1680, JANUARY 1st, Monday. The boat not arriving, and Christmas, according to the old style, being near, at which time there is not much boating, every one endeavoring to be at home, we were apprehensive it would not come. We therefore made an agreement with one of the neighbors, that he should take us in a canoe to the French tavern, which we have mentioned before, at Elizabethtown point, Kill achter Kol, for twelve guilders in zeewant. We accordingly left about ten o'clock in the morning, through a beautiful creek, which is more like a river, with fine large meadows or marshes on both sides of it. We came to a bank, from the broken point of which a beautiful white clay is taken, as fine as I have ever seen anywhere, or as Cologne earth[281] can be. At the same place there are also red earth, and earth entirely black, which would be suitable for various purposes. At the point of the Raritans Kill, we arrived at a place called Amboy, a very proper site for a city or place of business. From there you can look over the great bay between the Nevesinck and the west point of Staten Island into the sea. As regards view, therefore, it lies as well as New York, and is quite safe to be reached by ships. The land around it is tolerably good, and therefore the place is reserved from sale. There is an abundance of oysters on the shore, considered to be of the best. The ebb tide being spent, we entered the Kill achter Kol with a good wind and, rowing ahead, arrived at about three o'clock at the point of Woodbridge Creek. We landed here on Staten Island to drink at the house of the Frenchman Le Chaudronnier, where we formerly passed a night in making our tour of Staten Island. He set before us something to eat, and related to us what strange opinions every one, as well as he himself, entertained of us, which were certainly false enough, and whereof we disabused him. From there we made good speed past Smokers Hook, and by evening arrived at the point of Elizabethtown Creek, in the tavern before mentioned, where we lodged for the night; but there was nothing to be had there except to warm us. We were no sooner in the house than it began to rain and blow hard. We were therefore lucky in being housed, for to be in such weather and darkness upon the water in a canoe, is not without danger. We again perceived the Lord's goodness and care, for which we rendered Him thanks. We discovered no chance of going to the city immediately, but heard that two boats had gone down this afternoon, and were expected back the next day, which made us glad. We had something left in our travelling sack, upon which we made our supper, and then laid ourselves down to sleep in our old fashion upon a little hay, before the fire.

[Footnote 281: Cologne earth is a brown ochre.]

2d, Tuesday. On looking out at daybreak, we found quite calm, good weather, but no boats; but when it grew lighter, we saw a boat lying at anchor below the point. She appeared to be laden, and we therefore could not be certain that she would come up further. It was in consequence of her being laden that she had waited there for daylight, although she had a good tide to sail up to the city. We ascertained she was one of those which had gone down the evening before; and thereupon looked about to see how to get on board of her, as it would not be long before she would leave. The landlord took us and another person in a canoe to put on board, but before we had paddled half way, we saw them weigh anchor, and get under sail. We called out, and pulled with all our might, and, as it was calm, overtook her in time, and went on board. They were Dutchmen from the city, and were even our neighbors. They cheerfully received us; we paid our landlord, who immediately rowed back.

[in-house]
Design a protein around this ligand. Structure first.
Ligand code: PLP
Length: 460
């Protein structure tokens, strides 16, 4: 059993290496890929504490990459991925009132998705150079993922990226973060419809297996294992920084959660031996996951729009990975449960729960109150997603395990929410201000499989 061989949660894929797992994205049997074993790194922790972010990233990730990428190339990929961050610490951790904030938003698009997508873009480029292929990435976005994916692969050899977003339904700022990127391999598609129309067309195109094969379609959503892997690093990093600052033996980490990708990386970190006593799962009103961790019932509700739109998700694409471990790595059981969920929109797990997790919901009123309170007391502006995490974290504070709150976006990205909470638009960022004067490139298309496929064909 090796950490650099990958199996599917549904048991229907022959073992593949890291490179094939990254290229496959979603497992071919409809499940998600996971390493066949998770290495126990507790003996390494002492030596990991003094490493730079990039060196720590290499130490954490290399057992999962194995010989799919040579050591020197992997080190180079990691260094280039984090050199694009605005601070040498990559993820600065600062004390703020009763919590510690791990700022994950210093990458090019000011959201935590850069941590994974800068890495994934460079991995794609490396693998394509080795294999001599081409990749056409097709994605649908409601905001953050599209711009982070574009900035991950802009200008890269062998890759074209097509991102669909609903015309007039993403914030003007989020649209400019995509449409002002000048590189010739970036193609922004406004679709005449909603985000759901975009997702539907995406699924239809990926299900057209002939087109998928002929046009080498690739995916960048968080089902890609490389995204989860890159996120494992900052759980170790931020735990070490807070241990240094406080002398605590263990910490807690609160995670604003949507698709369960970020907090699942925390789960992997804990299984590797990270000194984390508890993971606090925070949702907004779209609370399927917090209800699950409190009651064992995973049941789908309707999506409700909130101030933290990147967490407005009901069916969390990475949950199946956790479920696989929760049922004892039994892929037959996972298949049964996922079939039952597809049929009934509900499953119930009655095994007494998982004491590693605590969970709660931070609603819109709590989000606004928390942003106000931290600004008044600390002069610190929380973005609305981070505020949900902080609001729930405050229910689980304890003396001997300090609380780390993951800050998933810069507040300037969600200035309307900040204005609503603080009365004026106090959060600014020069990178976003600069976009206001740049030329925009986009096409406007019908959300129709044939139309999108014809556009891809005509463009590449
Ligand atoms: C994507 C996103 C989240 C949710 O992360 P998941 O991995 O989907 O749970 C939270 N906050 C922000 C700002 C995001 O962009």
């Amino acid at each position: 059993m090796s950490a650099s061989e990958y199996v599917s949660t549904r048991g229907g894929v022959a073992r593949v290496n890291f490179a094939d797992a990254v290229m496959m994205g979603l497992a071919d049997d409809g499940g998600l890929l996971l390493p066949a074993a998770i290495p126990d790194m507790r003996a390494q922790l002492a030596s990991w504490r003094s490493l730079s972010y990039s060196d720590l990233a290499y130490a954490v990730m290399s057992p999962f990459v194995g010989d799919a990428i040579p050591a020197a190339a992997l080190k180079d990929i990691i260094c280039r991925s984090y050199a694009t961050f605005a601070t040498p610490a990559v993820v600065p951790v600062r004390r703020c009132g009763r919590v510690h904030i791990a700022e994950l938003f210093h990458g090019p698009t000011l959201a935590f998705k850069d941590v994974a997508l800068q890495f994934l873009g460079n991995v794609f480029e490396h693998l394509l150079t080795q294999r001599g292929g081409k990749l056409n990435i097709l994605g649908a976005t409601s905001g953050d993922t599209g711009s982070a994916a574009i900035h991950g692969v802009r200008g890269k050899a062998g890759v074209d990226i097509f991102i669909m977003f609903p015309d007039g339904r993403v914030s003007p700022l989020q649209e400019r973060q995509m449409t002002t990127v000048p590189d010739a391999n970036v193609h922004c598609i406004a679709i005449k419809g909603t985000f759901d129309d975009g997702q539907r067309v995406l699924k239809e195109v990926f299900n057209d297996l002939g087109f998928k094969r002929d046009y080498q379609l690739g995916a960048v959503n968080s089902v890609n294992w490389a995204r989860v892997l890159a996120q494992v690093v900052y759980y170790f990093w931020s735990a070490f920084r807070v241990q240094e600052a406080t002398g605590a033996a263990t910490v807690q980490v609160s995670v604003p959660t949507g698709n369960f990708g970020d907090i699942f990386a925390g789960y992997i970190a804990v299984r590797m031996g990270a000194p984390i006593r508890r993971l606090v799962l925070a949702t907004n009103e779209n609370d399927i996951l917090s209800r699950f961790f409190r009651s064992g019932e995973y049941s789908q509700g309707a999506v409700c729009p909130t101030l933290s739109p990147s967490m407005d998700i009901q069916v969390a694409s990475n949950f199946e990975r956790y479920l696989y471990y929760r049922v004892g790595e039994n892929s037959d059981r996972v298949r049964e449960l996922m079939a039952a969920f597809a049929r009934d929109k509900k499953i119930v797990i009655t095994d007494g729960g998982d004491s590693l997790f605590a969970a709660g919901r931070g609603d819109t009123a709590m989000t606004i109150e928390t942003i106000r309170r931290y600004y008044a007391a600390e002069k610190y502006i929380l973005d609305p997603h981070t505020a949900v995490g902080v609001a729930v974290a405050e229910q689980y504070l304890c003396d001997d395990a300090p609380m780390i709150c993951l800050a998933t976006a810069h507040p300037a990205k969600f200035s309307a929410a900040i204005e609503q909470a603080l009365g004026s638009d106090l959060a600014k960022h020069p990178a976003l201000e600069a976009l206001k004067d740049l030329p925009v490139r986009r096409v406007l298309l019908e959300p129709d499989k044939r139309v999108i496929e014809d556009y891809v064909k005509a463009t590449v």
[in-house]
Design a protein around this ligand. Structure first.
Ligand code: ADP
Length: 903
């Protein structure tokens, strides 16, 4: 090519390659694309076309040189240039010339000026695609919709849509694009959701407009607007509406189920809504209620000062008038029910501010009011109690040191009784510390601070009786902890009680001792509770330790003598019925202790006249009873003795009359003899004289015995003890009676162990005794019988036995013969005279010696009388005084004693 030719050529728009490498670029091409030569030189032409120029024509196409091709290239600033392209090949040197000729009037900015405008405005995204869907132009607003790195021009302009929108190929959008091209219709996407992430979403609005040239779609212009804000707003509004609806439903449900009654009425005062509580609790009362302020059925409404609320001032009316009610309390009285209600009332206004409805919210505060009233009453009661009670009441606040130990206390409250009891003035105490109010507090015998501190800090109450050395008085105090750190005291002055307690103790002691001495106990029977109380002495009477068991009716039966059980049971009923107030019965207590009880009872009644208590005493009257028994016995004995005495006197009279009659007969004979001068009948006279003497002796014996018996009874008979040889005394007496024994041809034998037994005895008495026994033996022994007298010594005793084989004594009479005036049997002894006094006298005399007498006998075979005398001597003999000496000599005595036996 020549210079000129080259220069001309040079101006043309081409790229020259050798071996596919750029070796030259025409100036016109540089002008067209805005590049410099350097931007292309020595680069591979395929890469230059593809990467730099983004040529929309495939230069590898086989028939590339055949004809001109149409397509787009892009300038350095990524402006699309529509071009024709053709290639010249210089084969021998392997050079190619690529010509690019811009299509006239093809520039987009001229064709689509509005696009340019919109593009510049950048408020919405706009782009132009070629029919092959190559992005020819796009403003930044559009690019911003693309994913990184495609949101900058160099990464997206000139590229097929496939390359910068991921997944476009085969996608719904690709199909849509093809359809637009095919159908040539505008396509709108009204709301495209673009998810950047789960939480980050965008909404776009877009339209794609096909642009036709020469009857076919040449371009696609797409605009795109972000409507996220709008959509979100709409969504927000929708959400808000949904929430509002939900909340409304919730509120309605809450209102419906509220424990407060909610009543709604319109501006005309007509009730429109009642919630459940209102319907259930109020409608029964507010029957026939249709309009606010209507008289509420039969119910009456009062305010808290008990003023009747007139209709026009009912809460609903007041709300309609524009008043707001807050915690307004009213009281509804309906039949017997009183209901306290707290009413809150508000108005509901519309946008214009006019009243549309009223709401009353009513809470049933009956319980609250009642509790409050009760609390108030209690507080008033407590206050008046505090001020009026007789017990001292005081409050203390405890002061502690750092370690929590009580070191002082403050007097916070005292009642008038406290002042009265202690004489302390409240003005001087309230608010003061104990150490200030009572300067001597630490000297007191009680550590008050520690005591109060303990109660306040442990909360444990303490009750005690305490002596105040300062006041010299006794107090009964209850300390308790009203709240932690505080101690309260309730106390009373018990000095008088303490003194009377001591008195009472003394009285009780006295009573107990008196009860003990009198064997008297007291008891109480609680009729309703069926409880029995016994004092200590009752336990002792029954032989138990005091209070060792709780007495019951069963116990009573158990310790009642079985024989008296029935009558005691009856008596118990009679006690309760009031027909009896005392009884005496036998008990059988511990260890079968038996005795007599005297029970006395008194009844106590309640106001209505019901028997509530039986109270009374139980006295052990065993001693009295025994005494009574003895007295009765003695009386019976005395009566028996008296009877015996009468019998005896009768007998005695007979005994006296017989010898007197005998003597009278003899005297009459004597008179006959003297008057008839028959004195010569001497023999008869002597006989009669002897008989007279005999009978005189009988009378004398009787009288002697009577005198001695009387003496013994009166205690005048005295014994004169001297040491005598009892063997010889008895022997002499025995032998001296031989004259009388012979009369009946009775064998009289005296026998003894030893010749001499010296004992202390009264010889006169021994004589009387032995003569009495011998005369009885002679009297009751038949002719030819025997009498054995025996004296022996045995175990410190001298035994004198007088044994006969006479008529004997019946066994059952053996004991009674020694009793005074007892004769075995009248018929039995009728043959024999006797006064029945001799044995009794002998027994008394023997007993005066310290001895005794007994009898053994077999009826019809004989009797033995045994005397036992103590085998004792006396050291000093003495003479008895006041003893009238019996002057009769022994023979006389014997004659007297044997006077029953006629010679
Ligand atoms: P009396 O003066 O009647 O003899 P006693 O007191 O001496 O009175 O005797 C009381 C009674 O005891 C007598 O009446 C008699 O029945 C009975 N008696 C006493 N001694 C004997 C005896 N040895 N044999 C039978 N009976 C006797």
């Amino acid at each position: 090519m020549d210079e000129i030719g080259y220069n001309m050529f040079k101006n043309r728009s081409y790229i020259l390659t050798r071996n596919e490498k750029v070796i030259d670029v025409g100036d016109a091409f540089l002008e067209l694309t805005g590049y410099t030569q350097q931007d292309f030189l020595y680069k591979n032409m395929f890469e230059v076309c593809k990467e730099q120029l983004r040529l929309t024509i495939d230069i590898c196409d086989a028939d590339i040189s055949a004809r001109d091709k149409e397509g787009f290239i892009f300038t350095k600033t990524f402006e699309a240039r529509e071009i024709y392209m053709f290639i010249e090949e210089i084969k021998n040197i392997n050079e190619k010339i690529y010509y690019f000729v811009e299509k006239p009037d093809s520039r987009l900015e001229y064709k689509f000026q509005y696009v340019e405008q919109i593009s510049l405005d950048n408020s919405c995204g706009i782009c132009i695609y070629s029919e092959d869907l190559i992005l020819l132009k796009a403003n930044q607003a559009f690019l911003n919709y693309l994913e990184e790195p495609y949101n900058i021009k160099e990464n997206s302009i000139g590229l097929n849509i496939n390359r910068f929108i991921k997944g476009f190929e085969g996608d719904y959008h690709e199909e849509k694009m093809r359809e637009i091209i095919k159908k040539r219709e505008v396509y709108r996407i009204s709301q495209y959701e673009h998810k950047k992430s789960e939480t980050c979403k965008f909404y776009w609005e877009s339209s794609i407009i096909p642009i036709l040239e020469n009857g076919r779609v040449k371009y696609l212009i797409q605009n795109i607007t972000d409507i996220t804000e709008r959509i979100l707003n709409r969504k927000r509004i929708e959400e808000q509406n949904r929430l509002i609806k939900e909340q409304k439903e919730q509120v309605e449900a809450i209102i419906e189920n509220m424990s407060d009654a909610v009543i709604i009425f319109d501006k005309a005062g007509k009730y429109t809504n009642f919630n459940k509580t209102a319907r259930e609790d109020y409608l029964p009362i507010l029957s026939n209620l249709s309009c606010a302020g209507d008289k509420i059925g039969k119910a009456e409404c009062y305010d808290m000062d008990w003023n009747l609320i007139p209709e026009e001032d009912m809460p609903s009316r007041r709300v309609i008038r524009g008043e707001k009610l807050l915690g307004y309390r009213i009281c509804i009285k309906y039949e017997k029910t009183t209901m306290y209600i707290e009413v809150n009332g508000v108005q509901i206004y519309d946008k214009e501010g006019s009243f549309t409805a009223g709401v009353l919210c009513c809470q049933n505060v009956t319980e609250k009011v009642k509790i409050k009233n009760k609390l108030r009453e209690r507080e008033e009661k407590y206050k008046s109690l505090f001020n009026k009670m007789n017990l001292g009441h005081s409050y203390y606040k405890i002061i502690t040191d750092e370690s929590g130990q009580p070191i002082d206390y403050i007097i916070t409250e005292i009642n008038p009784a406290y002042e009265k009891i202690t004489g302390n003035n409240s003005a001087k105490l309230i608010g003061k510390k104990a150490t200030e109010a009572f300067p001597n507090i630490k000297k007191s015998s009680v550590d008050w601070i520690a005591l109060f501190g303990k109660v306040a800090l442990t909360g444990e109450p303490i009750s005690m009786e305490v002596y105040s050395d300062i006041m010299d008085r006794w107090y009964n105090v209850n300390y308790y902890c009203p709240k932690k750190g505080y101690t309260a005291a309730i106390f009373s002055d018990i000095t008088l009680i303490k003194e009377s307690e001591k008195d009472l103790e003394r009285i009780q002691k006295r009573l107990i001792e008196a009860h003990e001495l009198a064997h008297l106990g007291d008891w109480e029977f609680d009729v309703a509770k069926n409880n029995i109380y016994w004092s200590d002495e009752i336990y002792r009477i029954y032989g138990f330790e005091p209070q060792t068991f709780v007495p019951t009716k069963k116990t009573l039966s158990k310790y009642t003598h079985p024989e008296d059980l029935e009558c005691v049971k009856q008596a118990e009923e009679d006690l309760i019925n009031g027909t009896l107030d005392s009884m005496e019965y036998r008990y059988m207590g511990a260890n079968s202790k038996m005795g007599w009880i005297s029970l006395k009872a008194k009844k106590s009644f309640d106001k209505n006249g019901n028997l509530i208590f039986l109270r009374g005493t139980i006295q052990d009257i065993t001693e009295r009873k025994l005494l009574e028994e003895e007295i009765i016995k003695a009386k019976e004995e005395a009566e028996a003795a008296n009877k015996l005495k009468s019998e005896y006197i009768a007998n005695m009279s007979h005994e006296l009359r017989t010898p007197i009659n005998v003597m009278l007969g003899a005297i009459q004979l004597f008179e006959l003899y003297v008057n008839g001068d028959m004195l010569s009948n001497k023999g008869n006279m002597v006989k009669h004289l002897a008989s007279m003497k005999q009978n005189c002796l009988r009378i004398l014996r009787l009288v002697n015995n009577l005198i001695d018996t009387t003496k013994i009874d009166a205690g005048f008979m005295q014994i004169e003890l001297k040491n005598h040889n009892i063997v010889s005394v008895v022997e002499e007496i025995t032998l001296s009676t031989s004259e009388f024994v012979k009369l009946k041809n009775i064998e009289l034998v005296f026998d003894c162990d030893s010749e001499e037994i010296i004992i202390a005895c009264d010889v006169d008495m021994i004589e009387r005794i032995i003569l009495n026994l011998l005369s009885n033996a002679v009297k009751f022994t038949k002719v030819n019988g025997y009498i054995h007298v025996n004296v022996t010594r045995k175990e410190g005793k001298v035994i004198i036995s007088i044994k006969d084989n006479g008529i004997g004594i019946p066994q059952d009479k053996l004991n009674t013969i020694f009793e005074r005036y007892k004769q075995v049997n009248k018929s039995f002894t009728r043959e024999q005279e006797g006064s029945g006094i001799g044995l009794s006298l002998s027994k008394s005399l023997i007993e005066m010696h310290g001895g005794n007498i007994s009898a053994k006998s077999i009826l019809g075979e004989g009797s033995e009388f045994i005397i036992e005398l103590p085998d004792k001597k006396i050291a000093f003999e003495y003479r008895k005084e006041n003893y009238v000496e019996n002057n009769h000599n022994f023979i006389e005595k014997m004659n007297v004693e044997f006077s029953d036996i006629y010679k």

The wind began to blow gradually more and more from the west-northwest, so that when we arrived in the North River, we had as much as we could carry. It brought us up to the city about nine o'clock, where we had not yet set a foot on shore, before such a storm burst out of the northwest, of rain, hail, and snow together, that every thing seemed to bend and crack. It was at the same time so cold, it appeared as if this weather, whereby the winter was begun, had held back until we had arrived in the city to spend the winter. We cannot pass this circumstance by without some reflections upon the special goodness and providence of the Lord, which we experience so constantly; that he caused us to reach the land and house on the point of Elizabethtown Creek before the storm came up there; that the boat came to anchor there and took us on board, when she had a good tide and wind, but the darkness prevented her from keeping on, and we believe no more boats went there afterwards, not only during Christmas, but during the whole winter; and thirdly, that as soon as we had landed in the city, such a great storm and the winter began at the same time; to which may be added a fourth, that we hired the canoe on the Raritans, for being in the city, I spoke to the skipper of the boat, and he said he did not expect to go there again during the winter. Certainly if we did not regard all this with an humble and thankful heart, we should be guilty indeed.